Written by: Steve Meerson, Peter Krikes, Harve Bennett, and Nicholas Meyer, based on a story concept by Leonard Nimoy and Harve Bennett
Directed by: Leonard Nimoy
Starring: William Shatner, Leonard Nimoy, DeForest Kelley, James Doohan, George Takei, Walter Keonig, Nichelle Nichols, and Catherine Hicks
- Running audio commentary with Shatner and Nimoy
- Running text commentary by Michael & Denise Okuda
- Four Star Trek universe featurettes
- Four production featurettes
- Two visual effects featurettes
- Tribute to Gene Roddenberry
- Storyboard archives
- Production gallery
- Interviews with Shatner, Nimoy, and Kelley
Released by: Paramount
My Advice: A must-have addition for Trek fans and most sci-fi geeks, a rental for just about anybody.
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Once again, the fate of the universe rides on the shoulders of the crew of the U.S.S. Enterprise. Admiral Kirk and his regular gang of slightly-past-their-prime officers set out to do the impossible: go back in time and rescue a pair of humpback whales, bring them back to the 23rd century, and hope the cetaceans do enough fast-talking to save the rest of life on Earth.
Landing in 1986 San Francisco, the crew must cope with limited technology, lack of hard currency, law enforcement, and general bad manners in their race to recover the whales and return to their own time to save the planet. Nimoy‘s direction suffuses the film with a healthy dose of analysis of our own century, allowing the movie to simultaneously make a point about the future we are headed towards as well as the present we are living in.
The performances are solid as ever throughout, though particularly director Nimoy’s Spock, in full-on Stranger in a Strange Land mode amongst the people of 20th Century Earth. These actors had enough background and history going into the film to carry through on auto-pilot, but this isn’t to say the acting is flat or the performances phoned in. The plot, while to many die-hard Trek fans a bit of a groaner, is easily the most accessible of all the Star Trek films, and perhaps why it was more successful than any of the other movies that had been released up till that point.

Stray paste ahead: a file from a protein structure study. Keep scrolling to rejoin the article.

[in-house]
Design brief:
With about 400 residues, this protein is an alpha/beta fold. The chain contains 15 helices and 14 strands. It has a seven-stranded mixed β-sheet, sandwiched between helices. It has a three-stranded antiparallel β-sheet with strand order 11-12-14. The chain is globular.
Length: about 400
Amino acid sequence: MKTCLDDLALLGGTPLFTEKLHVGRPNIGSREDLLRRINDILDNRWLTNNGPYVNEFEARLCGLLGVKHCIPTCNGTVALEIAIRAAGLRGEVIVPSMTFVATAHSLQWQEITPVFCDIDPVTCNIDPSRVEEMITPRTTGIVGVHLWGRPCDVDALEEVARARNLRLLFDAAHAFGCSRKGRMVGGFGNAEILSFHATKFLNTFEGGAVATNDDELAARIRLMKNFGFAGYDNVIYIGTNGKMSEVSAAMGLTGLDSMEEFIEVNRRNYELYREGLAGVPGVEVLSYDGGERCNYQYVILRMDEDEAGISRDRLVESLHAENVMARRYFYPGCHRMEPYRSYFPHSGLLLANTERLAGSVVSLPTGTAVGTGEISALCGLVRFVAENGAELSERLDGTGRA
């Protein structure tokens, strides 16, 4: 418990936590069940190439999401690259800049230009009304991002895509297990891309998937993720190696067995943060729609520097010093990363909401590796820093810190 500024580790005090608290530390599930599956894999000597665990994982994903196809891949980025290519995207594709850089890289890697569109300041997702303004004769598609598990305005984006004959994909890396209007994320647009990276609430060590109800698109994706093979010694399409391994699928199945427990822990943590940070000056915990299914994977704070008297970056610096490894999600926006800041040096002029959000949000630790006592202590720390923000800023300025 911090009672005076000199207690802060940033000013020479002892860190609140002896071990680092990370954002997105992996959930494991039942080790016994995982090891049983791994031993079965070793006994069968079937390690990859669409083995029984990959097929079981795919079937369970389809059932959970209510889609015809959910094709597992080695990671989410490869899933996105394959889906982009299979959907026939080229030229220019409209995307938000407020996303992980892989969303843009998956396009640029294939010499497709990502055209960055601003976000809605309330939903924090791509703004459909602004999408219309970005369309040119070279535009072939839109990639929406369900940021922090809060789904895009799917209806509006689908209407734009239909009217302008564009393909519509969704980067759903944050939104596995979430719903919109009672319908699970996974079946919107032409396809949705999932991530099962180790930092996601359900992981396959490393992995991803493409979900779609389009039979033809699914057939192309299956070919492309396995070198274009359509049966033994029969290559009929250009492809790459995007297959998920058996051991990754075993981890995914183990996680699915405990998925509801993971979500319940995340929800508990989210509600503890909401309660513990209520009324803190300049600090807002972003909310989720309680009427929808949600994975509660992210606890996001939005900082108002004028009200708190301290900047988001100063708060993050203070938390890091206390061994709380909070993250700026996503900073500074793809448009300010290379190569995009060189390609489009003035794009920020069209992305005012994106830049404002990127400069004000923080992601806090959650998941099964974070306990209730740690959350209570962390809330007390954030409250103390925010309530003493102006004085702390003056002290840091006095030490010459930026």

The transfer here is phenomenal, with an excellent remixed Dolby digital audio track in 5.1 or two-channel. The commentary with Nimoy and Shatner is highly entertaining, as Shatner seems to delight in harassing Nimoy mercilessly about his performance and direction. The text commentary, by the co-authors of the Star Trek Encyclopedia, is full of enough tidbits and trivia to keep even the most rabid Trekkie sated, and will arm the more casual fan or viewer with enough details to save them from such a Trekkie if ever backed into the corner at a convention.
The features, as with all the Star Trek film releases to date, are plentiful and broad-ranging. From interviews with theoretical physicists on the possibilities of time travel and whale-speak to production featurettes covering every aspect of the film’s creation. Visual effects, set design, location shooting, analysis of dailies, you name it. There are also extensive archives of storyboards and photo galleries, original interviews with Nimoy, Shatner, and Kelley, and a tribute to Gene Roddenberry by his son.
If you’re a fan of the Star Trek universe, this is an absolute necessity. It continues Paramount’s excellent line of Star Trek movie releases, full of additional material to add to a fan’s understanding of the production and experience of the film. For more general science fiction fans, this one is at least a rental, and if it ranks high enough among the Star Trek films, add it to your collection. Very few sci-fi films get the kind of loving attention on DVD that Paramount lavishes on every single Star Trek release, and that alone makes these films worthy additions to any DVD collection.